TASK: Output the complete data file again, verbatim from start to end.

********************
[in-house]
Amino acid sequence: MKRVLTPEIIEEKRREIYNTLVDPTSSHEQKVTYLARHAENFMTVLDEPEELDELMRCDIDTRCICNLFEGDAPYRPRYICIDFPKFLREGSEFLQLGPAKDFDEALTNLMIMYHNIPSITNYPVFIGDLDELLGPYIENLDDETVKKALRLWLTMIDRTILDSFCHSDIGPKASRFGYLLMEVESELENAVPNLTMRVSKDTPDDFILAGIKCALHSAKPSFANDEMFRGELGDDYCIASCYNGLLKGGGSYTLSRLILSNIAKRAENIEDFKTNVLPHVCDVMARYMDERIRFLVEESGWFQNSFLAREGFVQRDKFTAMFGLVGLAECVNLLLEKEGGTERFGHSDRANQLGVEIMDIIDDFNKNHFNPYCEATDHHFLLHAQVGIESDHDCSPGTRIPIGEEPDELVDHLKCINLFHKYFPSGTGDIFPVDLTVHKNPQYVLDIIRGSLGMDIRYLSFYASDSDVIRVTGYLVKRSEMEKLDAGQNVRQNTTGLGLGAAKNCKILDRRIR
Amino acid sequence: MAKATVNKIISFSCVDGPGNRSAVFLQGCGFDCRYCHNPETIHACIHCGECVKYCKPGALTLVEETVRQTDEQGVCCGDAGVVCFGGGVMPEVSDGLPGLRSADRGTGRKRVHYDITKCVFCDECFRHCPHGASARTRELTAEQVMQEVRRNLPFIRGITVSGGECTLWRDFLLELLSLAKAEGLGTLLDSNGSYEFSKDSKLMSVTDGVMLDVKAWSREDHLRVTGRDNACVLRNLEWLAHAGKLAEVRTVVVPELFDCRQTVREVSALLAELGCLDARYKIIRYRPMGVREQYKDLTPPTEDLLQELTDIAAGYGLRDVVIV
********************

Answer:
[in-house]
Amino acid sequence: MKRVLTPEIIEEKRREIYNTLVDPTSSHEQKVTYLARHAENFMTVLDEPEELDELMRCDIDTRCICNLFEGDAPYRPRYICIDFPKFLREGSEFLQLGPAKDFDEALTNLMIMYHNIPSITNYPVFIGDLDELLGPYIENLDDETVKKALRLWLTMIDRTILDSFCHSDIGPKASRFGYLLMEVESELENAVPNLTMRVSKDTPDDFILAGIKCALHSAKPSFANDEMFRGELGDDYCIASCYNGLLKGGGSYTLSRLILSNIAKRAENIEDFKTNVLPHVCDVMARYMDERIRFLVEESGWFQNSFLAREGFVQRDKFTAMFGLVGLAECVNLLLEKEGGTERFGHSDRANQLGVEIMDIIDDFNKNHFNPYCEATDHHFLLHAQVGIESDHDCSPGTRIPIGEEPDELVDHLKCINLFHKYFPSGTGDIFPVDLTVHKNPQYVLDIIRGSLGMDIRYLSFYASDSDVIRVTGYLVKRSEMEKLDAGQNVRQNTTGLGLGAAKNCKILDRRIR
Amino acid sequence: MAKATVNKIISFSCVDGPGNRSAVFLQGCGFDCRYCHNPETIHACIHCGECVKYCKPGALTLVEETVRQTDEQGVCCGDAGVVCFGGGVMPEVSDGLPGLRSADRGTGRKRVHYDITKCVFCDECFRHCPHGASARTRELTAEQVMQEVRRNLPFIRGITVSGGECTLWRDFLLELLSLAKAEGLGTLLDSNGSYEFSKDSKLMSVTDGVMLDVKAWSREDHLRVTGRDNACVLRNLEWLAHAGKLAEVRTVVVPELFDCRQTVREVSALLAELGCLDARYKIIRYRPMGVREQYKDLTPPTEDLLQELTDIAAGYGLRDVVIV